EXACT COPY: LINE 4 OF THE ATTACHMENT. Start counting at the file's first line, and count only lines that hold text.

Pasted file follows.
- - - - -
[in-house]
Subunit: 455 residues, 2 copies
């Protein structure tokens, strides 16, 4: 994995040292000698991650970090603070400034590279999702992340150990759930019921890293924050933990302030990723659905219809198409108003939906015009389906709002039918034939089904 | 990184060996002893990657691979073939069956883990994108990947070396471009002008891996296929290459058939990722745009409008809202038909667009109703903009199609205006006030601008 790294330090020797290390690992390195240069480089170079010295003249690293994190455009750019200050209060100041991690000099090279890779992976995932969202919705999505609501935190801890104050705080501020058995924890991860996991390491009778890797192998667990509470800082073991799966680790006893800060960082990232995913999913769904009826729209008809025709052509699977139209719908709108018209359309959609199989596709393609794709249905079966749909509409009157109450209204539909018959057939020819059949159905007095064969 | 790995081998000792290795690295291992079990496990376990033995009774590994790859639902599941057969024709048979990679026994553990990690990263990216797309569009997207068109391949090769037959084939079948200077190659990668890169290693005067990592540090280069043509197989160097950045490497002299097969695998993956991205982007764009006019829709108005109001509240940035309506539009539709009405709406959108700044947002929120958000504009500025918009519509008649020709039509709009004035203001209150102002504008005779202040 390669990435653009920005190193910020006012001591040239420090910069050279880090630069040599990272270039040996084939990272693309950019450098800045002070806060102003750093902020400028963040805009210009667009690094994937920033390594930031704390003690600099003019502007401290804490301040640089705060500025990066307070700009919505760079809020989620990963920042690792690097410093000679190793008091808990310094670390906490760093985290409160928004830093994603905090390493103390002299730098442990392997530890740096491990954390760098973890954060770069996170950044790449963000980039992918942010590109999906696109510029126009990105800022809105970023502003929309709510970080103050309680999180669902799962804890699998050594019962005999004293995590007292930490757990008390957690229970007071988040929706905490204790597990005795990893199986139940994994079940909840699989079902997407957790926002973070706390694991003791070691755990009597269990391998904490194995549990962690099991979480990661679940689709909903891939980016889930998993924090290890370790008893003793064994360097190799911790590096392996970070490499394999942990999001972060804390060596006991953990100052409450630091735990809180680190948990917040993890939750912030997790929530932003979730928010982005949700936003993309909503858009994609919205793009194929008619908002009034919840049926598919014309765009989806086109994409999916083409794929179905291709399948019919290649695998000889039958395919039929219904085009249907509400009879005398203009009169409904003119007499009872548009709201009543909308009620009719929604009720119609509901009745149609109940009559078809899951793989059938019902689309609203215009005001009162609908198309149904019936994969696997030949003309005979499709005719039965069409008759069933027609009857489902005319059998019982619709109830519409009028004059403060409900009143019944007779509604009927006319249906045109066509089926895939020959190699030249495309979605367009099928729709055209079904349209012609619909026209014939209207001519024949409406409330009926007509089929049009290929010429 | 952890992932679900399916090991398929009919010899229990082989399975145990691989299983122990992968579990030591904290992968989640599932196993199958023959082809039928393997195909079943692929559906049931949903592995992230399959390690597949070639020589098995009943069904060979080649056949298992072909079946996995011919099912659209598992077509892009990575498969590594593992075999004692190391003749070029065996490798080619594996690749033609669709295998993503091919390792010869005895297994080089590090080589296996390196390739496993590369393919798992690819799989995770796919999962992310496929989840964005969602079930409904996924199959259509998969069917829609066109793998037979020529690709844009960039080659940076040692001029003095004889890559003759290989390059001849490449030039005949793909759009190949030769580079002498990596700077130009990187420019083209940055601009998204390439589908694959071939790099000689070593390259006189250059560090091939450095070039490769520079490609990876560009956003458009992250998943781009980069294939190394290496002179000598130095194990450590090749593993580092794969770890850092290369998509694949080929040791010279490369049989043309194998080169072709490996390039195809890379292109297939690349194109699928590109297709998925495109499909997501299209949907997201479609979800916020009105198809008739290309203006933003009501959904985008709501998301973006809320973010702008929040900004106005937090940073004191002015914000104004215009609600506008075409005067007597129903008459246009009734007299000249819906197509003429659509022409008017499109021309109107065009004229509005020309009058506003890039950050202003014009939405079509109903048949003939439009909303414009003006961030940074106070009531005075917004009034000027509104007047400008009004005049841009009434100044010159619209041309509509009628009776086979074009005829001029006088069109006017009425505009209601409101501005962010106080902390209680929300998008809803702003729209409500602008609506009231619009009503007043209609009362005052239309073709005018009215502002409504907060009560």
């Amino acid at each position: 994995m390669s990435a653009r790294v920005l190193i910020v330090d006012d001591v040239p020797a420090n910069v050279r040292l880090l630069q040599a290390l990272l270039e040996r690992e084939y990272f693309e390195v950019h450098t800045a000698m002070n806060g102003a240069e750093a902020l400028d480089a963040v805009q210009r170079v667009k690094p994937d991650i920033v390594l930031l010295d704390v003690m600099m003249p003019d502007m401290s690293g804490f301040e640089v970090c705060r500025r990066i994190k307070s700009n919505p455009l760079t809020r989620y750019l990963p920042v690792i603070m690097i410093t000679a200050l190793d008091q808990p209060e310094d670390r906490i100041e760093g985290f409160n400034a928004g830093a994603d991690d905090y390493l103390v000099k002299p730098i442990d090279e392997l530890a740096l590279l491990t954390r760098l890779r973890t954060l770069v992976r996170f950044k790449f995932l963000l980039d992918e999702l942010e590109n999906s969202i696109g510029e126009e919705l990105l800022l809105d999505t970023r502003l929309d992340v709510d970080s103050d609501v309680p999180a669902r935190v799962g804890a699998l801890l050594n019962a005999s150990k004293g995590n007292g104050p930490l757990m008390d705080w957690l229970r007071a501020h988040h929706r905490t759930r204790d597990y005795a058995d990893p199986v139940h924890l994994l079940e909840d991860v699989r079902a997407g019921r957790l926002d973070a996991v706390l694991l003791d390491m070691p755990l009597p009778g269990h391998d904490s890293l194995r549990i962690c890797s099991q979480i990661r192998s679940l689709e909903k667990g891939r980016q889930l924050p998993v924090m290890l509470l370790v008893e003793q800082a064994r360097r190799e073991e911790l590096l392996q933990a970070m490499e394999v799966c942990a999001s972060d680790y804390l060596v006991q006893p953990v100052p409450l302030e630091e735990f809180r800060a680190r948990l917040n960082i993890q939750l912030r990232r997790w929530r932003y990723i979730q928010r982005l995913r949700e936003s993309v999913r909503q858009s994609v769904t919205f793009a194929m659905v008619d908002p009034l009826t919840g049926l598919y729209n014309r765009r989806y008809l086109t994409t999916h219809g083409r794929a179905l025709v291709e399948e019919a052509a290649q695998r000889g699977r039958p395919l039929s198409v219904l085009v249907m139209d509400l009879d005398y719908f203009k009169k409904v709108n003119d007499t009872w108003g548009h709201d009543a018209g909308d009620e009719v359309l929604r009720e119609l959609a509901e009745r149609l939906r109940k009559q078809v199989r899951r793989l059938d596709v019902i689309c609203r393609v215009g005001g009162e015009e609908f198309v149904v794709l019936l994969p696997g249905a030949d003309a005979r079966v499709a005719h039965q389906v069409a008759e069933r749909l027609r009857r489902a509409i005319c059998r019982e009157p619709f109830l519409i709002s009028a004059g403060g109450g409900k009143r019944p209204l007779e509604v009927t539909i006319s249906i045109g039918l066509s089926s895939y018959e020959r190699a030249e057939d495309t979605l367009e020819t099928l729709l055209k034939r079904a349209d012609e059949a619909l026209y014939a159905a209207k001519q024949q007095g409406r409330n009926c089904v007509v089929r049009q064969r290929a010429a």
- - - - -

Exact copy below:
């Amino acid at each position: 994995m390669s990435a653009r790294v920005l190193i910020v330090d006012d001591v040239p020797a420090n910069v050279r040292l880090l630069q040599a290390l990272l270039e040996r690992e084939y990272f693309e390195v950019h450098t800045a000698m002070n806060g102003a240069e750093a902020l400028d480089a963040v805009q210009r170079v667009k690094p994937d991650i920033v390594l930031l010295d704390v003690m600099m003249p003019d502007m401290s690293g804490f301040e640089v970090c705060r500025r990066i994190k307070s700009n919505p455009l760079t809020r989620y750019l990963p920042v690792i603070m690097i410093t000679a200050l190793d008091q808990p209060e310094d670390r906490i100041e760093g985290f409160n400034a928004g830093a994603d991690d905090y390493l103390v000099k002299p730098i442990d090279e392997l530890a740096l590279l491990t954390r760098l890779r973890t954060l770069v992976r996170f950044k790449f995932l963000l980039d992918e999702l942010e590109n999906s969202i696109g510029e126009e919705l990105l800022l809105d999505t970023r502003l929309d992340v709510d970080s103050d609501v309680p999180a669902r935190v799962g804890a699998l801890l050594n019962a005999s150990k004293g995590n007292g104050p930490l757990m008390d705080w957690l229970r007071a501020h988040h929706r905490t759930r204790d597990y005795a058995d990893p199986v139940h924890l994994l079940e909840d991860v699989r079902a997407g019921r957790l926002d973070a996991v706390l694991l003791d390491m070691p755990l009597p009778g269990h391998d904490s890293l194995r549990i962690c890797s099991q979480i990661r192998s679940l689709e909903k667990g891939r980016q889930l924050p998993v924090m290890l509470l370790v008893e003793q800082a064994r360097r190799e073991e911790l590096l392996q933990a970070m490499e394999v799966c942990a999001s972060d680790y804390l060596v006991q006893p953990v100052p409450l302030e630091e735990f809180r800060a680190r948990l917040n960082i993890q939750l912030r990232r997790w929530r932003y990723i979730q928010r982005l995913r949700e936003s993309v999913r909503q858009s994609v769904t919205f793009a194929m659905v008619d908002p009034l009826t919840g049926l598919y729209n014309r765009r989806y008809l086109t994409t999916h219809g083409r794929a179905l025709v291709e399948e019919a052509a290649q695998r000889g699977r039958p395919l039929s198409v219904l085009v249907m139209d509400l009879d005398y719908f203009k009169k409904v709108n003119d007499t009872w108003g548009h709201d009543a018209g909308d009620e009719v359309l929604r009720e119609l959609a509901e009745r149609l939906r109940k009559q078809v199989r899951r793989l059938d596709v019902i689309c609203r393609v215009g005001g009162e015009e609908f198309v149904v794709l019936l994969p696997g249905a030949d003309a005979r079966v499709a005719h039965q389906v069409a008759e069933r749909l027609r009857r489902a509409i005319c059998r019982e009157p619709f109830l519409i709002s009028a004059g403060g109450g409900k009143r019944p209204l007779e509604v009927t539909i006319s249906i045109g039918l066509s089926s895939y018959e020959r190699a030249e057939d495309t979605l367009e020819t099928l729709l055209k034939r079904a349209d012609e059949a619909l026209y014939a159905a209207k001519q024949q007095g409406r409330n009926c089904v007509v089929r049009q064969r290929a010429a």